Today is the lunar new year known as Losar in Tibetan or Tsagaan Sar in Mongolian. Though often called “Tibetan New Year,” this holiday is celebrated by a number of different peoples with strong common historical ties. It is my privilege to interview Dolma, a Sherpa Buddhist, about what this holiday means to her.
Who are you?
A community-organising Sherpa Buddhist who loves tea and plants.
What’s the Buddhist significance of this holiday?
Losar is the Sherpa and Tibetan Buddhist New Year, and it’s one of the most important holidays of the year. We follow a Lunar calendar, and so like many other communities, this is the year of the Dragon. During Losar we aim to begin the New Year with a fresh start, which is represented through purification pujas and other traditions like cleaning your entire house and wearing new clothes.
What does this holiday mean to you?
For me personally, Losar is about family and community, and I enjoy the tradition and joy we share with each other during this time. I guess I have a migrant’s nostalgia about Losar too now that I don’t live in Nepal anymore. It makes me think about my mother’s stories about celebrating Losar in Solukhumbu, and how my cousins and I would pick out the candy and dried apricots out of bowls of khapsay(a sweet fried dough that we make for Losar) at relatives’ houses. I think about how we would throw tsampa (roasted barley flour) around at the Gompa, and in particular, the elderly Sherpa and Tibetan women who would run around and laugh as they threw tsampa at each other! I do look forward to the traditions that I still take part in here in the U.S. too, such as time with family and cooking particular dishes. And so Losar is a time for me to reflect on the past year, the one to come, and to share in this festivity with my loved ones.
What do you plan to do for Losar?
My family is very spread out now, which makes visiting each other during Losar difficult, and there’s no Sherpa Gompa where I live. But my immediate family is much closer to me now (which is wonderful!) and so I spend Losar with them. We usually do the traditional practices, such as making khapsay and visiting friends in the area. There is usually a Sherpa Losar party as well, but we don’t celebrate Losar when a member of our family passes away, and with the passing of Trulsik Rinpoche, many communal Losar celebrations have been cancelled.
I wish everyone a wonderful New Year – Losar Tashi Delek!
You can read other writing by Dolma on this blog (“How can you be angry? You’re a Buddhist!”). You can also check out other holiday posts (including the other lunar new year) here.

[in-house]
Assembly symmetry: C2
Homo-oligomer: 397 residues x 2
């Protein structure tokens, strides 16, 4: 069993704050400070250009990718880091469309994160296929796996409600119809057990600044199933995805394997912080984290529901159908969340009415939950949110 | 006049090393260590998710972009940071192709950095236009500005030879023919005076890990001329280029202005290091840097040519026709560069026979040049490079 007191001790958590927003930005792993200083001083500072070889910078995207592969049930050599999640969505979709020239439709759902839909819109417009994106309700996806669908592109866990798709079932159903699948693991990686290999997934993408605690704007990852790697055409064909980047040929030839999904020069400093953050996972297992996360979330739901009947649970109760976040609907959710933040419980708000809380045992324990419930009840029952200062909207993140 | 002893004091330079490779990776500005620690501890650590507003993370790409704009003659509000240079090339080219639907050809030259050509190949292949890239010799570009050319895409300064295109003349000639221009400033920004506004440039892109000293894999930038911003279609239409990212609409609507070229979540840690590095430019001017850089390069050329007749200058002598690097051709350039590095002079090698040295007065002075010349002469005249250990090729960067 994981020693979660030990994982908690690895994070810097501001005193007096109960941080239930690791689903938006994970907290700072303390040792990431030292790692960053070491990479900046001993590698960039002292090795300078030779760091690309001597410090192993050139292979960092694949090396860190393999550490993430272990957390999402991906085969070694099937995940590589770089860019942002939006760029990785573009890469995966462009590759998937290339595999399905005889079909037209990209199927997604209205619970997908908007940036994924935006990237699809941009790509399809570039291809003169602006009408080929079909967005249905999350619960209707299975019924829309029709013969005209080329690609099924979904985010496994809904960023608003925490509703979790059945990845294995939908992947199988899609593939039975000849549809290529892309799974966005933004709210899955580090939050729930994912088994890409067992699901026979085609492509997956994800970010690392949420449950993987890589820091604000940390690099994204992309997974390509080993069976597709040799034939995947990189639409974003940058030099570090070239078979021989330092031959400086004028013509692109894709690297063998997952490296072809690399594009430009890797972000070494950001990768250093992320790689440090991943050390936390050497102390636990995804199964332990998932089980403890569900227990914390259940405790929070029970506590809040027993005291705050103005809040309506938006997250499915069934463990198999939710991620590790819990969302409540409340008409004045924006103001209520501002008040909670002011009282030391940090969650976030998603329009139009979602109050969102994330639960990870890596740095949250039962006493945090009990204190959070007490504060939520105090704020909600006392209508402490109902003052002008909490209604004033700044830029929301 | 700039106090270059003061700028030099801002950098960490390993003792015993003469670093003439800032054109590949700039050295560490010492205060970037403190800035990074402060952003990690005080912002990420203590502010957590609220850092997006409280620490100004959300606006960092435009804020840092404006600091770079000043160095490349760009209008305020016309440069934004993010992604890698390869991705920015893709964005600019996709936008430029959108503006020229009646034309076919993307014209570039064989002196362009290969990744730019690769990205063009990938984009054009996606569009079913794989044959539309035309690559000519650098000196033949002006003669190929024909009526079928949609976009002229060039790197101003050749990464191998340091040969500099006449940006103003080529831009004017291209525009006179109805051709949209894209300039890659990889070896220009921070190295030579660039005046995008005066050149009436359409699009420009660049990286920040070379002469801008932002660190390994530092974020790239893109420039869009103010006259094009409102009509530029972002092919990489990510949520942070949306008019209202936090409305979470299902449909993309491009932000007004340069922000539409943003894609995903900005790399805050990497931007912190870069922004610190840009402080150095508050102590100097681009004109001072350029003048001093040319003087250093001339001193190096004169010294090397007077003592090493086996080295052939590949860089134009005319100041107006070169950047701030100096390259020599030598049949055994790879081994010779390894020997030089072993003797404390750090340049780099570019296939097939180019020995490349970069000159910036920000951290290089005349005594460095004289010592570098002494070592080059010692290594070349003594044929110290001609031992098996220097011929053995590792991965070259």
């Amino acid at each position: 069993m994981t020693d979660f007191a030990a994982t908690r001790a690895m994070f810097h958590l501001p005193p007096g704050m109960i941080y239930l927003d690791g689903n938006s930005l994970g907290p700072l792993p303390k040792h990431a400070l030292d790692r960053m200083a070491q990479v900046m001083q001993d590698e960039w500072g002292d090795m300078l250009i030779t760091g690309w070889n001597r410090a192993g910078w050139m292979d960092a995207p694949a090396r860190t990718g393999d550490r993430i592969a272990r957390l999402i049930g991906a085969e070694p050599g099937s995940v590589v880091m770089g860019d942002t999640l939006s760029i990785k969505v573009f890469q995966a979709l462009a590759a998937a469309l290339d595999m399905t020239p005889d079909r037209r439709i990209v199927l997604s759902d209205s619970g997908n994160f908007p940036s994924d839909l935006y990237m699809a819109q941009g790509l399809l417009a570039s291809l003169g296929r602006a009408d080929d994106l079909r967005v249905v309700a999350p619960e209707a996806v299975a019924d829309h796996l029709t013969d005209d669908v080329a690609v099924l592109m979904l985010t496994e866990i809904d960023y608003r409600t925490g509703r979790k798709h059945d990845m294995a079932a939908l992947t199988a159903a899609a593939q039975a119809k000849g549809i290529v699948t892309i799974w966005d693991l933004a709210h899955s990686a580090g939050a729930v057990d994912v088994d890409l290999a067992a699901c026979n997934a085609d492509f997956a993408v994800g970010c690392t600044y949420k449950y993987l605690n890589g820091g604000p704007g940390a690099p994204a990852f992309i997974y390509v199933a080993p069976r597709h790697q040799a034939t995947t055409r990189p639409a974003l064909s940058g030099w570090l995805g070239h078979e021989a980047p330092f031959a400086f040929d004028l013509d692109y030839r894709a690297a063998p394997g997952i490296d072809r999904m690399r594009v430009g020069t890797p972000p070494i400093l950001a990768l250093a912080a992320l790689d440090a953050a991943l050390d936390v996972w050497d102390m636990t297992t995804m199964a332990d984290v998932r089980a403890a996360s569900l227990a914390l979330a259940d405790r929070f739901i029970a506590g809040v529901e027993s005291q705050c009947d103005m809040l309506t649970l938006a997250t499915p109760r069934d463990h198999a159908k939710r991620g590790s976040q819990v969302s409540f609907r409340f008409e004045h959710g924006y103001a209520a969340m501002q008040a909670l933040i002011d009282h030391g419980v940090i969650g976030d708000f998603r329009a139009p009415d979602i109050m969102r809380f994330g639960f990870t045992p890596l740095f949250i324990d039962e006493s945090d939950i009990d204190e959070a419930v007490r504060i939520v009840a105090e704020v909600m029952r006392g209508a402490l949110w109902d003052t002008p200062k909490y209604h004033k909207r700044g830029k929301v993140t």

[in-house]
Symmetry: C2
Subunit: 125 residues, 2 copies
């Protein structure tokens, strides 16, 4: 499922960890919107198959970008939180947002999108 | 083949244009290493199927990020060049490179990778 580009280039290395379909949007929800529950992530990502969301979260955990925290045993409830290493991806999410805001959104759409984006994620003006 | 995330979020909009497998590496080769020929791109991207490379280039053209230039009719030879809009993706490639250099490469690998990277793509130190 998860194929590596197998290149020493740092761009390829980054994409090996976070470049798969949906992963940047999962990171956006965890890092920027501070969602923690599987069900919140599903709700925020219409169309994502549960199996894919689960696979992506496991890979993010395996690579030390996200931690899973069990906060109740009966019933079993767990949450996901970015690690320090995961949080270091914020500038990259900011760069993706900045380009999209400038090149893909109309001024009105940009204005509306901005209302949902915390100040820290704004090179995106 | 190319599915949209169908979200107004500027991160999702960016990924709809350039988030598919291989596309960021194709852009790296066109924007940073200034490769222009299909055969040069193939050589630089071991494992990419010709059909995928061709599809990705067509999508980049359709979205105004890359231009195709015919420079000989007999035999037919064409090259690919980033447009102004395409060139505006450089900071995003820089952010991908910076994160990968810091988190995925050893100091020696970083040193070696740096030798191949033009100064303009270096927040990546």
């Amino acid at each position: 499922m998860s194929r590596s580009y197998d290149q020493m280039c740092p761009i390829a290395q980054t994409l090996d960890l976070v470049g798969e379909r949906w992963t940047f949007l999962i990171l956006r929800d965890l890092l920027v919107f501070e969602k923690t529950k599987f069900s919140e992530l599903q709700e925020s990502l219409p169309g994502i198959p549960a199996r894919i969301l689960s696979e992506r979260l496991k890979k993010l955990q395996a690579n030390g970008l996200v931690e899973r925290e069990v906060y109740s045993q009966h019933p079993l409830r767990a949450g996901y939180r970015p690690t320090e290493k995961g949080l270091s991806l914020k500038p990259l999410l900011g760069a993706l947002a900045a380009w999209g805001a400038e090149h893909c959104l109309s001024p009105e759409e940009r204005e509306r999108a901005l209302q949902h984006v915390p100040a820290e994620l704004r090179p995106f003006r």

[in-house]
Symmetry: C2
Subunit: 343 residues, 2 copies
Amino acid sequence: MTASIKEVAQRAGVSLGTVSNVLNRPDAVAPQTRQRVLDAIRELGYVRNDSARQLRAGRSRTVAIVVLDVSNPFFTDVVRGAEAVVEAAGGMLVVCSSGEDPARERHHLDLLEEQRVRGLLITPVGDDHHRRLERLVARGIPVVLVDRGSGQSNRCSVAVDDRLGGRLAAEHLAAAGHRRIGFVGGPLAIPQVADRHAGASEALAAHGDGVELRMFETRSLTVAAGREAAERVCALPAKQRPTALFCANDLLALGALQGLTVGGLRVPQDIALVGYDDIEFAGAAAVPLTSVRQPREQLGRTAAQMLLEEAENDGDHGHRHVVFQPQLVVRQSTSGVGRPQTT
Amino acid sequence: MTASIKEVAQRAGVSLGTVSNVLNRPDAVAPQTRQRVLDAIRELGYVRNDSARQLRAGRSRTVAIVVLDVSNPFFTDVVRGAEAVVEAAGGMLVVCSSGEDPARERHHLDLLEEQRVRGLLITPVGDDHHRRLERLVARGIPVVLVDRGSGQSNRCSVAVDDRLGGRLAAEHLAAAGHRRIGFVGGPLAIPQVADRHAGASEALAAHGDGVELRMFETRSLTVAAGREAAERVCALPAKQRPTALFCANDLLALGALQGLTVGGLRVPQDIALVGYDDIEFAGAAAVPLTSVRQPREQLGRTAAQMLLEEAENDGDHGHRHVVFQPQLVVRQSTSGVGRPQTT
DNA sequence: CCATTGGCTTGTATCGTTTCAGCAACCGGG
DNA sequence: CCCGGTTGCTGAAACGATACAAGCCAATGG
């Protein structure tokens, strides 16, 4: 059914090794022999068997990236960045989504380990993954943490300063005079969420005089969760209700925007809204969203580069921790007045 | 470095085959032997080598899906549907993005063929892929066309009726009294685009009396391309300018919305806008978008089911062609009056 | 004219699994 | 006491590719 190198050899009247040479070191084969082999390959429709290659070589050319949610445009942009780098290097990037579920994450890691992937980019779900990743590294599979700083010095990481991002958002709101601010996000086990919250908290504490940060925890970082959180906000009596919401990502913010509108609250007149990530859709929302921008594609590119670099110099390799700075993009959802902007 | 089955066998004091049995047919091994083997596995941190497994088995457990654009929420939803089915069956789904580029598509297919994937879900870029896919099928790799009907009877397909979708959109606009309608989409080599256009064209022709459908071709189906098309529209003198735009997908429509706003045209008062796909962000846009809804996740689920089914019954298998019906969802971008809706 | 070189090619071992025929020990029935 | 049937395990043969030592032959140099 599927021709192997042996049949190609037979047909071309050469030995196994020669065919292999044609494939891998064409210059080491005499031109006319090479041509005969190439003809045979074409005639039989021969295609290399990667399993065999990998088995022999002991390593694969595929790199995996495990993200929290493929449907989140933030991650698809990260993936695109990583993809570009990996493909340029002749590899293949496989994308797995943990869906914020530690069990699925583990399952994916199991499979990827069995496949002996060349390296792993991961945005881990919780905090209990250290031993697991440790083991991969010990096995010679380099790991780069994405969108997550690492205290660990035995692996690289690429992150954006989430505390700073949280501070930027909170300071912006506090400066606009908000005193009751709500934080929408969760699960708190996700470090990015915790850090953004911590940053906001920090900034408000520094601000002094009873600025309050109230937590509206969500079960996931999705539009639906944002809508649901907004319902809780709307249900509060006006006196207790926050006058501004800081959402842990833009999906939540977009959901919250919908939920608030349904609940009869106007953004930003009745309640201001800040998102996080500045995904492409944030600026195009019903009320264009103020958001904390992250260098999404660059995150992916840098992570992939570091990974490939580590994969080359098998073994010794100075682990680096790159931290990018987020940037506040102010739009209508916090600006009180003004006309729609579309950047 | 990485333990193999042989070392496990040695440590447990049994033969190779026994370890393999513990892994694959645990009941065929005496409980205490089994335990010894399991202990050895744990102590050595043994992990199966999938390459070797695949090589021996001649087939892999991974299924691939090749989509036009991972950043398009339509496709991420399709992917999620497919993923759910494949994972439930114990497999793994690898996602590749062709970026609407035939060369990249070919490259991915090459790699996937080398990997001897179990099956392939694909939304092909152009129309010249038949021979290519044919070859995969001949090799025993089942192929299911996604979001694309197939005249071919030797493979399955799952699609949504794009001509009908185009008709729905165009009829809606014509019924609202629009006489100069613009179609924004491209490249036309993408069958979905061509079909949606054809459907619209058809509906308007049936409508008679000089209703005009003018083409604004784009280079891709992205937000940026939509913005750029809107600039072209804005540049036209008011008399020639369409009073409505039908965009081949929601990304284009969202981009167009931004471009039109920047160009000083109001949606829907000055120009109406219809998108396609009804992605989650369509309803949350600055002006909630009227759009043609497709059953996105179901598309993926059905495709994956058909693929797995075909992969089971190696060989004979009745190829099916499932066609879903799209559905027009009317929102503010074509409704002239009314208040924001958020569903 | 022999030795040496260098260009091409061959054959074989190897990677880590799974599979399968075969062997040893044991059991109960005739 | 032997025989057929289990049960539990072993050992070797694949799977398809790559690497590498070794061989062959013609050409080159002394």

There is an emerging generation of Asian Buddhists in the West and beyond, comprised of vocal young adults fluent in the language and currency of the West, but who refuse to be limited by it. And among them is the Angry Tibetan Girl.
As described by the Tibetan blogger Dechen on the youth blog Lhakar Diaries…
“Angry Tibetan Girl” is angry, and funny, as hell. There are so many posts with echoes of countless conversations I have had (!) and been part of (!) with Tibetan friends which were often non-stop rants. Yes it’s uncomfortable to admit but it feels SO GOOD to rant! That’s why I love Angry Tibetan Girl – she just says what we’ve all been thinking!
You might have missed it, but there is a youth blog for the voices of young Tibetans. I couldn’t believe it when I found it.
As a nod to Lhakar, I encourage you to listen to the voices of Tibetans speaking for themselves, on their own terms. Follow them. Tweet with them. Support them. (h/t to @djbuddha)
Today marks the Tibetan New Year, Losar. In line with my most recent holiday post, I planned to invite a local Tibetan American to write some personal thoughts on celebrating Losar. You will probably see a number of blogs today post about Losar, but for the most part, you’ll be reading about white Buddhists describing a Tibetan holiday.
For the record, there’s absolutely nothing wrong with white folk celebrating Tibetan culture. In fact, I feel it’s absolutely important that we hear the voices of white Buddhists who practice Tibetan Buddhism, and who feel an abiding bond with Tibetan culture, including Losar. But what you’ll be missing out on is what they can’t tell you. For example, they can’t tell you what Losar means to them from growing up in a Tibetan family.
Amid all my criticism of white Buddhist publishers, writers and bloggers for their rampant neglect of Asian America, I operated under a silly assumption that these same individuals would realize that they were effectively excluding Asian American Buddhists from the conversation of Buddhism in the West—and then do something to change things. It’s become increasingly evident that the closest thing to inclusion we can expect from these writers is the appropriation of Asian American narratives and relating them through their own white-privileged perspectives. We hear white Buddhists speaking out about Wat Lao Buddhasampham—but where are the voices of the Lao Buddhists?